Apparel Giant VF Corp Needs Supreme and Vans To Stay Relevant – The Average Joe
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    Apparel Giant VF Corp Needs Supreme and Vans To Stay Relevant


    May 30, 2023

    Exclusivity drives demand. It’s how luxury and streetwear products resell for many times their original value. Take that exclusivity away, and brands can go downhill fast.

    VF Corp (owner of brands like The North Face, Vans and Supreme) is learning that the hard way. Down 80%+ from its 2020 peak, $VFC is trading at its lowest level since 2009.

    VFC was hit especially hard during the pandemic — but its problems run deep through its most important brands:

    • Riding the Vans: Since VFC acquired Vans, sales grew from $325M in 2004 to $3.7B last year — with its shoes hitting mainstream popularity again.
    • Growth slowed in recent years. JJK Research Associates’ retail analyst said, “[Vans] are out of style and out of sync with fashion” — with no new product that resonates (BoF).

    Supreme is following a similar path

    Cultural phenomenon Supreme is known for its exclusive product drops that would sell significantly higher prices in the resale market.

    In 2020, VF Corp bought Supreme for $2.1B — and like Vans, Supreme is also running into similar problems:

    • Supreme began losing the exclusivity factor that made it so popular — as product drops grew more frequent.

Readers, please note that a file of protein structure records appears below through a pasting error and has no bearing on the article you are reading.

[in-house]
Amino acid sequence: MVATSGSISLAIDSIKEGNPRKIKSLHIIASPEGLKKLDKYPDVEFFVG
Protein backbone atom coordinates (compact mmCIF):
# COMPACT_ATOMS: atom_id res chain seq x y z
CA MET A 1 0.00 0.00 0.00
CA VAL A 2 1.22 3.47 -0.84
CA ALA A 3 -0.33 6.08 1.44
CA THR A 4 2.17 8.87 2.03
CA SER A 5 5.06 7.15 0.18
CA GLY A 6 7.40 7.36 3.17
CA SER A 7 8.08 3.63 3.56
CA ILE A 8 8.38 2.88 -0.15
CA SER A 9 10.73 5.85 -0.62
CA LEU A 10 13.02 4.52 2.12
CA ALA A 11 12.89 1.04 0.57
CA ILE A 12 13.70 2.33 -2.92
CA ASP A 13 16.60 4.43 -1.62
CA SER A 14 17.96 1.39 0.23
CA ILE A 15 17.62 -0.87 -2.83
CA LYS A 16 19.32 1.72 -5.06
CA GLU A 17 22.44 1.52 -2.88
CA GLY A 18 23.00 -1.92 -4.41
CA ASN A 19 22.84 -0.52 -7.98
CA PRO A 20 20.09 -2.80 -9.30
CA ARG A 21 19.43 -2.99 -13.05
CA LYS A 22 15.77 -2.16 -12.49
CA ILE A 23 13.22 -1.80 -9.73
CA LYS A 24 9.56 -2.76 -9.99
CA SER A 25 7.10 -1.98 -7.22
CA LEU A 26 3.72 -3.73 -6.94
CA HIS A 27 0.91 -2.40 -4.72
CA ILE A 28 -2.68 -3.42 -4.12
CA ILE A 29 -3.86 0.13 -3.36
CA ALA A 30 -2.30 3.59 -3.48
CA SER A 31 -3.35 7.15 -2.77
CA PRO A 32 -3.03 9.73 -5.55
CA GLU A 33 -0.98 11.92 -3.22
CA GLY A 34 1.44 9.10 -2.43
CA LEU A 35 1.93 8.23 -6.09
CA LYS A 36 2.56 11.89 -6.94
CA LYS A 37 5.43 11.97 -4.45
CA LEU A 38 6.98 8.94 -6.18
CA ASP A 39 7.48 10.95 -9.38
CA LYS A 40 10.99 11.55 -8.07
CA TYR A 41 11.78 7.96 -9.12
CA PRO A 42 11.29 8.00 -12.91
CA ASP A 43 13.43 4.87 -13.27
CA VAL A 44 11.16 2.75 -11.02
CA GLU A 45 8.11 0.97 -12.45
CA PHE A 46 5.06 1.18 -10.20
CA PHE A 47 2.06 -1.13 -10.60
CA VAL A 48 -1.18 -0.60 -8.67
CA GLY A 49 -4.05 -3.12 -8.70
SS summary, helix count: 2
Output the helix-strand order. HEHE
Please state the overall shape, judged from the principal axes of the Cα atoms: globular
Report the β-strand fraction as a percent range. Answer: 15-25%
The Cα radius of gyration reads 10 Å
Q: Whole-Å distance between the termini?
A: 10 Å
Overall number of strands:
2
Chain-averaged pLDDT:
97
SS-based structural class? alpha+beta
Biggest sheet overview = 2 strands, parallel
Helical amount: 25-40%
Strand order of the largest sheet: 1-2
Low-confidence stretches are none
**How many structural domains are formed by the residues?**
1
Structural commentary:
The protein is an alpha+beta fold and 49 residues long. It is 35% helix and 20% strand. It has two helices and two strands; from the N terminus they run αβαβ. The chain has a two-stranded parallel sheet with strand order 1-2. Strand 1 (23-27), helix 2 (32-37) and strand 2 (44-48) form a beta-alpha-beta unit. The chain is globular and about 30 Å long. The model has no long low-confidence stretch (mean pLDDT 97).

• Items were selling for closer to their actual value in recent years.

    The premium of Supreme products in the online retail marketplace StockX fell from 67% in 2020 to 57% in 2022.

    Turnaround in progress

    In 2022, VFC moved Vans’ ex-president (2009-2016) back into the struggling brand to initiate a plan that includes dropping weak wholesalers, introducing new styles, focusing on fewer but bigger campaigns and revamping stores.

    • This year, VFC was forced to cut its dividend (6.8% current dividend yield) — after consecutively raising it for 49 years.
    • With a 0.6x price-to-sales ratio, VFC is trading at its cheapest level in nearly 20 years.

    If the turnaround takes shape and VFC returns to growth, we could see a strong rebound on the other side of a “recession.” Fashion is cyclical, and what’s out of style today can come back again.

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